Spring this year in western Montana has been/is anything but usual; very cold, damp, extremely heavy snow up high, and in most cases the wildflowers have been blooming about two weeks later than usual for each species and I have been trying to catch and post as many photos of them as I can. Because they are so small and precious and so often overlooked, yet so intricate, diverse and beautiful it seems that the least I can do is to try to give them a little attention. I’ll try to post a few each day with the date photographed and my best attempts at ID’s until I catch up (or we get the first snow of next winter).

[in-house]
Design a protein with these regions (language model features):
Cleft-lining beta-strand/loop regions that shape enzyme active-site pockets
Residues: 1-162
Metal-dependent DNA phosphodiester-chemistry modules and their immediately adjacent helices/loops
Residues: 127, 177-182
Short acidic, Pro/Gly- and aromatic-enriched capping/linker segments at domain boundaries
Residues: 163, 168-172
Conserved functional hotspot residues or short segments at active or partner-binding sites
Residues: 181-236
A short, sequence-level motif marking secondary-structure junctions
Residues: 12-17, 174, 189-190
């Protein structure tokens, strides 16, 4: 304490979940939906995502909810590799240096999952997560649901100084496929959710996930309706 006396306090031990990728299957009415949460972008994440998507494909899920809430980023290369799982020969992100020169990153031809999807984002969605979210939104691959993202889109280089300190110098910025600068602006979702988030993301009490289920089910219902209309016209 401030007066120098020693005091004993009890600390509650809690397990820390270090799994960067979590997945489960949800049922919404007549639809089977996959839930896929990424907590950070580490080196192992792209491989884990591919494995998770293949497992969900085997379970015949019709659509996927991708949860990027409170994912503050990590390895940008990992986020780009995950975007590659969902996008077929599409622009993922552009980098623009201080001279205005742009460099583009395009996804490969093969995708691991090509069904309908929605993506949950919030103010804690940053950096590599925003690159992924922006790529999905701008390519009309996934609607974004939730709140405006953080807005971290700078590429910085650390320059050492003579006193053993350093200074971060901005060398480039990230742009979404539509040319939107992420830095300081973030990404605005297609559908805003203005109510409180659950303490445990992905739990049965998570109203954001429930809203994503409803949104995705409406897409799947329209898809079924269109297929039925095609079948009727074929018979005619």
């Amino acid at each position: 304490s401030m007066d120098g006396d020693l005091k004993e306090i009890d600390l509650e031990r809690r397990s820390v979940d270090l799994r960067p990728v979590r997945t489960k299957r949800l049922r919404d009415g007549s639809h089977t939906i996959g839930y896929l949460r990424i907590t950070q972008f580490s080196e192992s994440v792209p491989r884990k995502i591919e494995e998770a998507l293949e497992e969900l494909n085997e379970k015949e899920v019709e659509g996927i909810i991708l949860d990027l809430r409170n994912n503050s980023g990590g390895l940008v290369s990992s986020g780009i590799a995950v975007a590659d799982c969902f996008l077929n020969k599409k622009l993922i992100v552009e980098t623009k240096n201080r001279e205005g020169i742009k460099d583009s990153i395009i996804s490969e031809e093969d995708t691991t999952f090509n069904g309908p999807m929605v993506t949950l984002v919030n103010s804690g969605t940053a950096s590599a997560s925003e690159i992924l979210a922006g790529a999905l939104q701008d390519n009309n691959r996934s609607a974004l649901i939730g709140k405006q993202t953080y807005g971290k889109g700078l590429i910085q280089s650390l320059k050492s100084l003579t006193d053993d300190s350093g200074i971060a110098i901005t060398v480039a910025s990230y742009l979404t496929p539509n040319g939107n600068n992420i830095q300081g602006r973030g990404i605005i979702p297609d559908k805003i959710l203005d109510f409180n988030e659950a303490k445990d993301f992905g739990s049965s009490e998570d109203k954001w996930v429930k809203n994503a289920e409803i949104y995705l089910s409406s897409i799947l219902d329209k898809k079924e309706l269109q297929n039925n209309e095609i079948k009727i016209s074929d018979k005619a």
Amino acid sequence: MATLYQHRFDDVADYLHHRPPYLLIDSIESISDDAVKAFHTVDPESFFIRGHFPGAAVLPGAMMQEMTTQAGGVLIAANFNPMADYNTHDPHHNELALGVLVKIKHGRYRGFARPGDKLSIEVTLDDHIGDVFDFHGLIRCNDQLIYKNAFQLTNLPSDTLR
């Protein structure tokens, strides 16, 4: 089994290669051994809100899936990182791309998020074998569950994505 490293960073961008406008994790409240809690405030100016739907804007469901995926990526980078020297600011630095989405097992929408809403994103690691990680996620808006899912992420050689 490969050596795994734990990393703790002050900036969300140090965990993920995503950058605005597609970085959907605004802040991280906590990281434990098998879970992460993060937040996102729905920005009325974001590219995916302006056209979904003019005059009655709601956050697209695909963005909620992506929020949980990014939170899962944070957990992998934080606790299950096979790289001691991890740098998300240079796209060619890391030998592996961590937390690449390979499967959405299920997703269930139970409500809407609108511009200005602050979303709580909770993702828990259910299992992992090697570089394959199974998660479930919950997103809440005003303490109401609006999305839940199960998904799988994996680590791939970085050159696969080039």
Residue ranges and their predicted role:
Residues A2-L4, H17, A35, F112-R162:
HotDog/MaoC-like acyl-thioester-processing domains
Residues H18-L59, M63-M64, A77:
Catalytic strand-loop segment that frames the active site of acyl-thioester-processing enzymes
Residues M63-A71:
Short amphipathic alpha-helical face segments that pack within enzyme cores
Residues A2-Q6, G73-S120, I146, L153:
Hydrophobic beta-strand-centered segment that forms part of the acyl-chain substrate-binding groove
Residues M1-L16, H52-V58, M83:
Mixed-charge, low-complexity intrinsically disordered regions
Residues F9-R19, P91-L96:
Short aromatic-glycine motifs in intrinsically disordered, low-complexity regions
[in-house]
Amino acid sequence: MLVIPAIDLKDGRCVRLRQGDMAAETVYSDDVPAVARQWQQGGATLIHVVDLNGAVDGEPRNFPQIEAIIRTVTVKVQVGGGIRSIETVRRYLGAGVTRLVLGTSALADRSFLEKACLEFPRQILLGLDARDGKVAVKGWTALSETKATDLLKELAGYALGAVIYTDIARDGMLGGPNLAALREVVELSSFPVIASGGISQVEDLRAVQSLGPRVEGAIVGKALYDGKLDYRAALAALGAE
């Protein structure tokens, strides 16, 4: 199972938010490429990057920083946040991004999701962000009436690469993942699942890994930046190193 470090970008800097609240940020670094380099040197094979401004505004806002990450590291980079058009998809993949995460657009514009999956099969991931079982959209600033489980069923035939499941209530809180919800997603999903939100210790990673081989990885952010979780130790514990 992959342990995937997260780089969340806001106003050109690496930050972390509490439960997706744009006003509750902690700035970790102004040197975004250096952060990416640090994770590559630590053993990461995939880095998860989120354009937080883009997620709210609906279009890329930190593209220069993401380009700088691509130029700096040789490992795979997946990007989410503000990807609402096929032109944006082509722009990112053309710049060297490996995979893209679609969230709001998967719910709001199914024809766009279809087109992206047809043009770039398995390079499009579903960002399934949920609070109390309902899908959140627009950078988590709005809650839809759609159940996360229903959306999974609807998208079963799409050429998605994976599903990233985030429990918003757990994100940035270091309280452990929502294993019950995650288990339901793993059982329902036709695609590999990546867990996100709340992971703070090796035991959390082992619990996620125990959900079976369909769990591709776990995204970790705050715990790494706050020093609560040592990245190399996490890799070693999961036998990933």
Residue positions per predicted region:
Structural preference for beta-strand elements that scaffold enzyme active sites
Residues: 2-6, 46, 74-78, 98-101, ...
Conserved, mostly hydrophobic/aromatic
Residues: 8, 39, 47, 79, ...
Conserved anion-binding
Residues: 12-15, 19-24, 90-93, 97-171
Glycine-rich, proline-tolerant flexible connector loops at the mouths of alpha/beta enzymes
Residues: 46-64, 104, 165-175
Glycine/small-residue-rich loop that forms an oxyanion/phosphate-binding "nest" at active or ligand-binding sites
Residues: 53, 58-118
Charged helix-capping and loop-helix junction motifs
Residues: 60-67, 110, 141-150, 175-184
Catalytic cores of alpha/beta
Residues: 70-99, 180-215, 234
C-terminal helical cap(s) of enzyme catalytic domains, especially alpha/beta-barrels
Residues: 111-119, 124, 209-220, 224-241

Common or Blue Camas was an important food source for Indian tribes in the west and many Indian wars were fought over collecting rights to certain camas meadows.
Meadow Death Camas is a highly poisonous perennial herb. Serious losses can occur to stock grazing in meadows where it is common. Several Indian tribes used the mashed bulbs as arrow poison.
The problem is that the bulbs of the two species are visually nearly identical. I don’t like to think about how the early Indians learned which was edible and which was lethal, but they did and therefore harvested the bulbs of the Blue Camas only while it was in bloom.